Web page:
Tuesday, Apr 24, 2018
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Power of anonymity

Two years ago, Congress came within a single Republican vote in the Senate of following the Supreme Court's advice to require broad disclosure of campaign finance donors. The justices wanted voters to be able to decide for themselves "whether elected officials are 'in the pocket' of so-called moneyed interests."

The court advised such disclosure in its otherwise disastrous Citizens United decision in 2010, which loosed a new wave of unlimited spending on political campaigns. The decision's anticorruption prescription has grown even more compelling as hundreds of millions of dollars in disguise have flooded the 2012 campaigns. A great deal of it is washed through groups that are set up for the particular purpose of hiding the names of the writers of enormous checks.

The ability to follow the money has never been this important since the bagman days of the Watergate scandal. But when the Democratic Senate majority made a fresh attempt to enact a disclosure bill this week, the measure was immediately filibustered to death by Republicans, like other versions.

Still, the vote was a chance for the public to see who stands for and against basic transparency in political spending. Not one Republican showed the courage to break ranks and speak up for disclosure.

Republicans have been the main beneficiaries of corporate and independent spending sprees. The party's lock-step opposition to letting voters see who writes the big checks is an embarrassment to Congress.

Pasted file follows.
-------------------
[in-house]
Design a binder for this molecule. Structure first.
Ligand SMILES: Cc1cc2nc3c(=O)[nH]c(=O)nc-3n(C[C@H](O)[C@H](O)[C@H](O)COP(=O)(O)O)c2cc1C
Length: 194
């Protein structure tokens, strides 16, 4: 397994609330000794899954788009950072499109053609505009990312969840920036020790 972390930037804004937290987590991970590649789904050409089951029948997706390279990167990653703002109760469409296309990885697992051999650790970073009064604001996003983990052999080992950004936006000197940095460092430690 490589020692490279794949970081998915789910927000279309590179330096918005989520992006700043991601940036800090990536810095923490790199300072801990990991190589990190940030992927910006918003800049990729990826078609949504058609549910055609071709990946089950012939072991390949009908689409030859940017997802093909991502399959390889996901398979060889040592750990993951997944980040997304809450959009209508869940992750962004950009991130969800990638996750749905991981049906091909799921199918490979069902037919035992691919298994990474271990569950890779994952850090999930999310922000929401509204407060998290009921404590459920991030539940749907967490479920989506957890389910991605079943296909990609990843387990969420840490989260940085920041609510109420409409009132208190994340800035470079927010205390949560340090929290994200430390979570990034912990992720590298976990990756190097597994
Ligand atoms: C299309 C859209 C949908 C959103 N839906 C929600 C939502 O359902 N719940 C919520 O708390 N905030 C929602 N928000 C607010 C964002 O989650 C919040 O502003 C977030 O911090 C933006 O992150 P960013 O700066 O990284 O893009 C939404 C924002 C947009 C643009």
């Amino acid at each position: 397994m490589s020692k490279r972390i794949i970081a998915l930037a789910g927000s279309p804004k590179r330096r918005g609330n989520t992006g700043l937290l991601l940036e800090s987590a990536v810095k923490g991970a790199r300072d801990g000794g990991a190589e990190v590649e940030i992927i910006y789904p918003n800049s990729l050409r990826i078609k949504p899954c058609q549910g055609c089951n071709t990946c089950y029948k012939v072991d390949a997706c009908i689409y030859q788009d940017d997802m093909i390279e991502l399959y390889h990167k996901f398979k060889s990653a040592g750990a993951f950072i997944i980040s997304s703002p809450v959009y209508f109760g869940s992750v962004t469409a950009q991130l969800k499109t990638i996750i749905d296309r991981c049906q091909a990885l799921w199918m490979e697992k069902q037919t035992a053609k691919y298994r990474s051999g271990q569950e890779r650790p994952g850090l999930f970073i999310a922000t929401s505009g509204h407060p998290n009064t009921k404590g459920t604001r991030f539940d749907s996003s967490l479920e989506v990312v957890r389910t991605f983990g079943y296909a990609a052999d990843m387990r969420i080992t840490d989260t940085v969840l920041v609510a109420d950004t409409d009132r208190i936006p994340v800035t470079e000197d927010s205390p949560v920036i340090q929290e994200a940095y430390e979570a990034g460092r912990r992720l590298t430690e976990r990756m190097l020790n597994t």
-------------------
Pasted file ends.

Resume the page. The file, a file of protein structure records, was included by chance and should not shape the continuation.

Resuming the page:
Opponents are crying that disclosure violates donors' privacy and favors unions. This is election-year nonsense to give cover to the aggressively partisan groups that pose as "social welfare" organizations, but tip the campaign scales heavily with stealth financing.

The Senate measure would require corporations, unions, and any other organization that pays for election-cycle messages to disclose expenditures of $10,000 or more within 24 hours and identify donors writing checks of $10,000 or more. It would further require reporting of third-party money transfers, a shadow device to hide contributors.

The measure's chief sponsor, Sen. Sheldon Whitehouse (D., R.I.), has tried to win Republican support by eliminating a provision requiring that the top five donors be identified at the end of election commercials. But Republicans turned their backs -- including John McCain, once the great champion of campaign finance reform, who has predicted that "huge scandals" will inevitably flow from Citizens United.

Voters who are concerned about the big-money distortion of politics now know precisely who put the issue quietly to bed.

-- New York Times

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